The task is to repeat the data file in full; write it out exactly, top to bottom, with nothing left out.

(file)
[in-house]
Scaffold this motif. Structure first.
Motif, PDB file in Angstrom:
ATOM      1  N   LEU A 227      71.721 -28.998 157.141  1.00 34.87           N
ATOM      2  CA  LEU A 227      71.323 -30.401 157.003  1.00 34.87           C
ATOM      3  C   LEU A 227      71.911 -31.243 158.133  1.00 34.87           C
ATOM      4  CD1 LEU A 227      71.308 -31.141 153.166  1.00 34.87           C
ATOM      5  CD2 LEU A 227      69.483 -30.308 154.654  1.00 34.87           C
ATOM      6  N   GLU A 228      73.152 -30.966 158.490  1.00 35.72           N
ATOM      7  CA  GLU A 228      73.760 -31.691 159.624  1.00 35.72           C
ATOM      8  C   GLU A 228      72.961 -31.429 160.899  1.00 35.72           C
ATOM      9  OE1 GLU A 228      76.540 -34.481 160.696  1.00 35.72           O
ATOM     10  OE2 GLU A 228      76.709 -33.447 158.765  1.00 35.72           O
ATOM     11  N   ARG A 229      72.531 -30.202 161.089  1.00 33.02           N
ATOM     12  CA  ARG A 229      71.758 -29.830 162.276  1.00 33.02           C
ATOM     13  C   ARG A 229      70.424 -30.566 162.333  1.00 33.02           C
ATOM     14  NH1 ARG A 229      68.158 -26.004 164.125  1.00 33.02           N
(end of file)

[in-house]
Scaffold this motif. Structure first.
Motif, PDB file in Angstrom:
ATOM      1  N   LEU A 227      71.721 -28.998 157.141  1.00 34.87           N
ATOM      2  CA  LEU A 227      71.323 -30.401 157.003  1.00 34.87           C
ATOM      3  C   LEU A 227      71.911 -31.243 158.133  1.00 34.87           C
ATOM      4  CD1 LEU A 227      71.308 -31.141 153.166  1.00 34.87           C
ATOM      5  CD2 LEU A 227      69.483 -30.308 154.654  1.00 34.87           C
ATOM      6  N   GLU A 228      73.152 -30.966 158.490  1.00 35.72           N
ATOM      7  CA  GLU A 228      73.760 -31.691 159.624  1.00 35.72           C
ATOM      8  C   GLU A 228      72.961 -31.429 160.899  1.00 35.72           C
ATOM      9  OE1 GLU A 228      76.540 -34.481 160.696  1.00 35.72           O
ATOM     10  OE2 GLU A 228      76.709 -33.447 158.765  1.00 35.72           O
ATOM     11  N   ARG A 229      72.531 -30.202 161.089  1.00 33.02           N
ATOM     12  CA  ARG A 229      71.758 -29.830 162.276  1.00 33.02           C
ATOM     13  C   ARG A 229      70.424 -30.566 162.333  1.00 33.02           C
ATOM     14  NH1 ARG A 229      68.158 -26.004 164.125  1.00 33.02           N